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posted: 1/10/2014 5:30 AM

New novel follows lives of slave, unwilling owner

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  • "The Invention of Wings" by Sue Monk Kidd is based on the life of Sarah Grimke, a 19th-century abolitionist from an affluent plantation-owning family in North Carolina.

      "The Invention of Wings" by Sue Monk Kidd is based on the life of Sarah Grimke, a 19th-century abolitionist from an affluent plantation-owning family in North Carolina.
    ASSOCIATED PRESS/VIKING

 
By Rasha Madkour
Associated Press

Meet Handful, 10 years old, a sewing prodigy and a slave. Meet Sarah, 11 years old, a voracious reader and Handful's unwitting owner. They are the stars and alternating narrators of Sue Monk Kidd's new novel, "The Invention of Wings."

Kidd, whose best-selling debut, "The Secret Life of Bees," was the basis of a movie starring Queen Latifah, Alicia Keys and Jennifer Hudson, again explores an usual relationship between black and white female characters. This time, she bases the novel on the life of Sarah Grimke, a 19th-century abolitionist from an affluent plantation-owning family in North Carolina.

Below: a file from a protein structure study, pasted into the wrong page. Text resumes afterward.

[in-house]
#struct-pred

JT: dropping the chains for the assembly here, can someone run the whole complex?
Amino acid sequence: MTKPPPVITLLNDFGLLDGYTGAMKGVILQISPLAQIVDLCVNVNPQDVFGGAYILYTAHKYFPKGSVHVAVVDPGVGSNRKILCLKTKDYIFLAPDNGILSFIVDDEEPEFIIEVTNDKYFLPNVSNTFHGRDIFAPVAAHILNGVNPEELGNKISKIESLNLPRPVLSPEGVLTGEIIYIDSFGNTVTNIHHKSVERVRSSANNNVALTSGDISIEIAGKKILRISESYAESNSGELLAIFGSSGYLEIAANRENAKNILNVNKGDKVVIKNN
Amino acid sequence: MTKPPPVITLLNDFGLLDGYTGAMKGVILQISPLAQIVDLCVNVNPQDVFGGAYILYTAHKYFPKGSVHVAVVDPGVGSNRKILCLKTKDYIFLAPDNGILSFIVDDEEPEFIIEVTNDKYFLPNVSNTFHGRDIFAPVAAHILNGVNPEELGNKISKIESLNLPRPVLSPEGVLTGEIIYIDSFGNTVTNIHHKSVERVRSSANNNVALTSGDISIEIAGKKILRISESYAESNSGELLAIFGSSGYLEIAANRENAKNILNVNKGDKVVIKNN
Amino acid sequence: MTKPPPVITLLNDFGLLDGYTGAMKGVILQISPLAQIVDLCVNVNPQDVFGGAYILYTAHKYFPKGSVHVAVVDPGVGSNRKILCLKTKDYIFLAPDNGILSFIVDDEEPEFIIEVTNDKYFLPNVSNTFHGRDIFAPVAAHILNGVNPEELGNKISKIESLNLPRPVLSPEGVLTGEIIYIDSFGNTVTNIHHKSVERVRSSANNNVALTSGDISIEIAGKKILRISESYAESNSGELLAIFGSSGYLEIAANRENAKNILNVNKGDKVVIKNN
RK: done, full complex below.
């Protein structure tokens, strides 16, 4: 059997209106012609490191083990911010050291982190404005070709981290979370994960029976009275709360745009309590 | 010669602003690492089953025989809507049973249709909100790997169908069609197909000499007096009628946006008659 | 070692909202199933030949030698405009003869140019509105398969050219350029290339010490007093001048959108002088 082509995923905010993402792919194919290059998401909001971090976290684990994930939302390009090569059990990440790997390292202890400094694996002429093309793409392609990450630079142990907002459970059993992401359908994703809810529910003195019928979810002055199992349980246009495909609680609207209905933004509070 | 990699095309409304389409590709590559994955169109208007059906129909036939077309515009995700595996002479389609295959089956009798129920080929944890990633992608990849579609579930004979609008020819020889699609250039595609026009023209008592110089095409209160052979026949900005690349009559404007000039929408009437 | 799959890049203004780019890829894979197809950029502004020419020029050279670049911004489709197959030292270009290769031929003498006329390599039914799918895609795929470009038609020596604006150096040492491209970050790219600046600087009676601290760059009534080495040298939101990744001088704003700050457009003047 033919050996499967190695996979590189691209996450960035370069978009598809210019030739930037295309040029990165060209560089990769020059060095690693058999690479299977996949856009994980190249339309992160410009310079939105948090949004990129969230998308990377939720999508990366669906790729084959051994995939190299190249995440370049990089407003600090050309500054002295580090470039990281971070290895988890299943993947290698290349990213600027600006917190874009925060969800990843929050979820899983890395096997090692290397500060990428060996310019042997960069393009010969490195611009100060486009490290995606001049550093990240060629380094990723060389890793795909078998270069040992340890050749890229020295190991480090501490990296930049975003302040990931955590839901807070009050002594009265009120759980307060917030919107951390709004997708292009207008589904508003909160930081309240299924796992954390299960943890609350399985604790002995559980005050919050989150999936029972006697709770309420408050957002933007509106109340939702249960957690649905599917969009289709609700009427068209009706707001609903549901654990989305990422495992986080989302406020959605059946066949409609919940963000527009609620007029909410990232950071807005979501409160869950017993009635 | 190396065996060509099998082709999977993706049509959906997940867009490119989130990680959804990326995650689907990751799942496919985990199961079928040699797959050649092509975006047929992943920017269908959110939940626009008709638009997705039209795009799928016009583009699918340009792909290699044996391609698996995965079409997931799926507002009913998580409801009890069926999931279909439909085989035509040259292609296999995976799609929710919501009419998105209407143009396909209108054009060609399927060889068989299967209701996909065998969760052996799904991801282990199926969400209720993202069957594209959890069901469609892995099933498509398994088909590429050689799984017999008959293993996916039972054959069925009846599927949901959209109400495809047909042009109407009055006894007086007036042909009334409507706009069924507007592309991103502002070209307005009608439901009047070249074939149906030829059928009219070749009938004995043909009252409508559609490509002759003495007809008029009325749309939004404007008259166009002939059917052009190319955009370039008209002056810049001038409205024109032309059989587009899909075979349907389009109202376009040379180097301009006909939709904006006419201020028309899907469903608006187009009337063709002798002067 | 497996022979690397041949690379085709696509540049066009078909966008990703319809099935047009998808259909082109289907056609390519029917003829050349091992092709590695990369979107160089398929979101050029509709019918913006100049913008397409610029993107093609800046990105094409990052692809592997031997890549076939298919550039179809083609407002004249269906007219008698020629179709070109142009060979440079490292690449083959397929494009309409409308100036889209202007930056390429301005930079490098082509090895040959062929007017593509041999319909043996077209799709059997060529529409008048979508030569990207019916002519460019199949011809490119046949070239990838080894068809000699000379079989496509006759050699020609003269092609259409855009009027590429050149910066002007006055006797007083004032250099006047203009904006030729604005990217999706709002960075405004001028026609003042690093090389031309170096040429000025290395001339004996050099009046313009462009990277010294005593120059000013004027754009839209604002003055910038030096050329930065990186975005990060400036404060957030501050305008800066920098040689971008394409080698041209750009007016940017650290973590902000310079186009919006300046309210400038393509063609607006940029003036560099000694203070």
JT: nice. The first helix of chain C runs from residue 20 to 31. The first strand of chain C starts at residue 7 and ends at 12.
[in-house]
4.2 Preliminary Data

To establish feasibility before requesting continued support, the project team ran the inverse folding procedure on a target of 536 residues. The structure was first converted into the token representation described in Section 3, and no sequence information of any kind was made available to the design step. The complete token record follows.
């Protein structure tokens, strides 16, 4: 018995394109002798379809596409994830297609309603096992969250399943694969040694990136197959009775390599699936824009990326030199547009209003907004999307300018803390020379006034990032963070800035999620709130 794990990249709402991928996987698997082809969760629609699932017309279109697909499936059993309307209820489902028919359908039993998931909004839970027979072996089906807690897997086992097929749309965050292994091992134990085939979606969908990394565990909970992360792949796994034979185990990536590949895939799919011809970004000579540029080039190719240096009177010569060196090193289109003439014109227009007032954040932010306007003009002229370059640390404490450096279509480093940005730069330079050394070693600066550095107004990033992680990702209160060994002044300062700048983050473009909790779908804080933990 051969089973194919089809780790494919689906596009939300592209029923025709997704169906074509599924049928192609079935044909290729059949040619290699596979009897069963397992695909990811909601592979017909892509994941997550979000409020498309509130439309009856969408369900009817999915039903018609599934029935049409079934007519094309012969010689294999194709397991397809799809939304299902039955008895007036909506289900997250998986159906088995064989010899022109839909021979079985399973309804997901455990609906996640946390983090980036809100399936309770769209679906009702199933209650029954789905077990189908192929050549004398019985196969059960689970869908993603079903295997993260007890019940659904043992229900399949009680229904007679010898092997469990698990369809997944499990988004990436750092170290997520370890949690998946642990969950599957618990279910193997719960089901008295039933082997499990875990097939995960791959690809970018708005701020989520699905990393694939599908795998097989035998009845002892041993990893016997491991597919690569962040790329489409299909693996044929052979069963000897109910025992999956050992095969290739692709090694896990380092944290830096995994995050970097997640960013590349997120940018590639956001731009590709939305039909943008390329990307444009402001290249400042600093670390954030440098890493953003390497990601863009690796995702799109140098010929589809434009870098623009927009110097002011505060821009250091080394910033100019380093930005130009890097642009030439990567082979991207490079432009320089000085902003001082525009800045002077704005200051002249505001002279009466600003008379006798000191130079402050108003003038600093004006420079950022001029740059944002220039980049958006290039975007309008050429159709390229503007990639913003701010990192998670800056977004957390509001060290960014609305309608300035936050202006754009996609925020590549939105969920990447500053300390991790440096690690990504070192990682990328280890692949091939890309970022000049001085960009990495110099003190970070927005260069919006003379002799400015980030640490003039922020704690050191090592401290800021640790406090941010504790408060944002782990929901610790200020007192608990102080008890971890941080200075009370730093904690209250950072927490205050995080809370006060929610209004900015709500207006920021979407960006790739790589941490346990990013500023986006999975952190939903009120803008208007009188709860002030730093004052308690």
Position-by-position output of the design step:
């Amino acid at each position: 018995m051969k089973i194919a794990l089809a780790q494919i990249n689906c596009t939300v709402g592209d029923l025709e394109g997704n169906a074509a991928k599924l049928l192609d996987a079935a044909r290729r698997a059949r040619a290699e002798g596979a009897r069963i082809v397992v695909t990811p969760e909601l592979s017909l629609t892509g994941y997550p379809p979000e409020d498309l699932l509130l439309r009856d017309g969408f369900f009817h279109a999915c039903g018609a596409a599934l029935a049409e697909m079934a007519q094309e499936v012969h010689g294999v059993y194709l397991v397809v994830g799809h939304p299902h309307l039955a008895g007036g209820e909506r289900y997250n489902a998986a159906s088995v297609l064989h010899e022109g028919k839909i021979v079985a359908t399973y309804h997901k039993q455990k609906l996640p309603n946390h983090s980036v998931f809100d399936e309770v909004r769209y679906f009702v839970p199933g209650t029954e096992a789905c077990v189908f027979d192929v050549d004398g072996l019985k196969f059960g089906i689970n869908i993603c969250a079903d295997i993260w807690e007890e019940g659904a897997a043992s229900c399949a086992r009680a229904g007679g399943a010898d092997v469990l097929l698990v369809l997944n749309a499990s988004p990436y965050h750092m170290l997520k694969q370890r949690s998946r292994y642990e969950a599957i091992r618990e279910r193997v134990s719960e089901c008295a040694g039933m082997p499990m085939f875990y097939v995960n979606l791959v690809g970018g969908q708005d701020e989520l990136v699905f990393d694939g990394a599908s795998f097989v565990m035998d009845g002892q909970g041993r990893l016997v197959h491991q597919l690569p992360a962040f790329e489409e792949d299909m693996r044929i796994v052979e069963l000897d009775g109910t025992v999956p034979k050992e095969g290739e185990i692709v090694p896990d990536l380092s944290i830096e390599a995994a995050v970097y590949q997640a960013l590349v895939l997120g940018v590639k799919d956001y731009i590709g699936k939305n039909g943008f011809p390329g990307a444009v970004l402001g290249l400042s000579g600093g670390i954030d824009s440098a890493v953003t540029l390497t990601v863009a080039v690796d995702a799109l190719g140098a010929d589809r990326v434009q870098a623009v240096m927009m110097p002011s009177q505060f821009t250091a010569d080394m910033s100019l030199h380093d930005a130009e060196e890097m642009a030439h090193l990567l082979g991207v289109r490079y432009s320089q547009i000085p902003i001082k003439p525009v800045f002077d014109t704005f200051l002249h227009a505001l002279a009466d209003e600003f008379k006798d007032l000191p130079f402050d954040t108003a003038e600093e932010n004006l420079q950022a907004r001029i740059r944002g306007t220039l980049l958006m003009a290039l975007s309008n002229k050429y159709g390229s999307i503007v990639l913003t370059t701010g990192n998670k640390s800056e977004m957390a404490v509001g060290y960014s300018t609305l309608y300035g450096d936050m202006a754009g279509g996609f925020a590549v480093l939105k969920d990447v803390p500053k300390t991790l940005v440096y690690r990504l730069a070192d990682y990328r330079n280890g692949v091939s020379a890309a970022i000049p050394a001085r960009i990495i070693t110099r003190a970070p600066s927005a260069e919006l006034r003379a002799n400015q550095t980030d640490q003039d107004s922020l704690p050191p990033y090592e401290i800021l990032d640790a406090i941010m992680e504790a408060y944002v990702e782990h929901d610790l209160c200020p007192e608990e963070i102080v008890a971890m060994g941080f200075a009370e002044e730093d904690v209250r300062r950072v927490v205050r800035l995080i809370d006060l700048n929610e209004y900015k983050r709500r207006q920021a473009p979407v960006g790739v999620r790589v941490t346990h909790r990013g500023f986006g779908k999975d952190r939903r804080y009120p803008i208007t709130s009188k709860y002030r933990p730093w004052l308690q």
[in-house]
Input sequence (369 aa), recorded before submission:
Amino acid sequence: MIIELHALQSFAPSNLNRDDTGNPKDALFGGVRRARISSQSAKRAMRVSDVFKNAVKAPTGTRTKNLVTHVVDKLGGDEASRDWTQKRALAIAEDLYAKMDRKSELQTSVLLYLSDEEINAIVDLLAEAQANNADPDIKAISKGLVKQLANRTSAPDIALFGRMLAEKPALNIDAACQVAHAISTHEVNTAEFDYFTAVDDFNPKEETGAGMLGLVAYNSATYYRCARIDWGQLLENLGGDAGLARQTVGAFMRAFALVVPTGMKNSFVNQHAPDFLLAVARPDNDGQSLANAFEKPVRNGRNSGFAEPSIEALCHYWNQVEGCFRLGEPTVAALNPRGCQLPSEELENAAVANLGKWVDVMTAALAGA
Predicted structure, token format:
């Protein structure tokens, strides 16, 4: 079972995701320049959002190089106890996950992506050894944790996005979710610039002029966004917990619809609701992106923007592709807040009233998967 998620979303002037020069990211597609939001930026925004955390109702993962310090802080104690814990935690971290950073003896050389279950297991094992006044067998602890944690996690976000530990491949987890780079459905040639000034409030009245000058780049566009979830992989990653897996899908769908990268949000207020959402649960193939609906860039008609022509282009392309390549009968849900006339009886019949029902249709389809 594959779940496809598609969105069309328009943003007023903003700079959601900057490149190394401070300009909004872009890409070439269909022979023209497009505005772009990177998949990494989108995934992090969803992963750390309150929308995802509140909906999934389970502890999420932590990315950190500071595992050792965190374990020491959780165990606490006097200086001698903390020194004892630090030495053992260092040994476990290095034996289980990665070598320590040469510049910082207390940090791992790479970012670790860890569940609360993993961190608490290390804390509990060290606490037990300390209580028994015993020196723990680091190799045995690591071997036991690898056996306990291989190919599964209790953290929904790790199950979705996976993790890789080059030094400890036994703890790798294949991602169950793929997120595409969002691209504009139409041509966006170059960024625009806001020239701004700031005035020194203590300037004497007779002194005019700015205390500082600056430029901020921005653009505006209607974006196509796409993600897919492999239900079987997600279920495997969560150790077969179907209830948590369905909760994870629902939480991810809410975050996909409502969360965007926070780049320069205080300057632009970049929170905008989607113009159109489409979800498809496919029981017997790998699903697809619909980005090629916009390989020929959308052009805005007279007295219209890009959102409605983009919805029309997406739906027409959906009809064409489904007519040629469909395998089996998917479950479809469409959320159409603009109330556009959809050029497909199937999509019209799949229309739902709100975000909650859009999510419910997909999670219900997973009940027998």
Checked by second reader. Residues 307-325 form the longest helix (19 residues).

Kidd imagines Grimke as having witnessed a slave flogging at age 4, an event so traumatic that it left her with a mostly lifelong stutter. When presented with her own slave on her birthday, the precocious Sarah -- who fancies a future as a jurist -- consults her father's library and draws up a manumission document. The next morning, she finds it at her bedroom door, torn in two.

The book's characters tend toward caricatures and its plot lines are mostly unsurprising. But Kidd writes beautifully and the book shines brightest in illuminating the daily humiliations and abuse of slavery. The inhumane working conditions are illustrated by Handful's pithy observation while beating washed bed sheets on a rail to dry: "The rail in the stable was forbidden cause the horses had eyes too precious for lye. Slave eyes were another thing."

The disregard for familial relationships is painfully clear when marriage and death in the Grimke family leads to the redistribution and sale of slaves' children and siblings. Most excruciating are the descriptions of the various punishments inflicted on slaves, from liberal cane-whippings to a gruesomely creative one-legged punishment to the treacherously hard labor at the city's Work House.

"The Invention of Wings" isn't Kidd's strongest work, but it's an absorbing, illuminating, enjoyable read.

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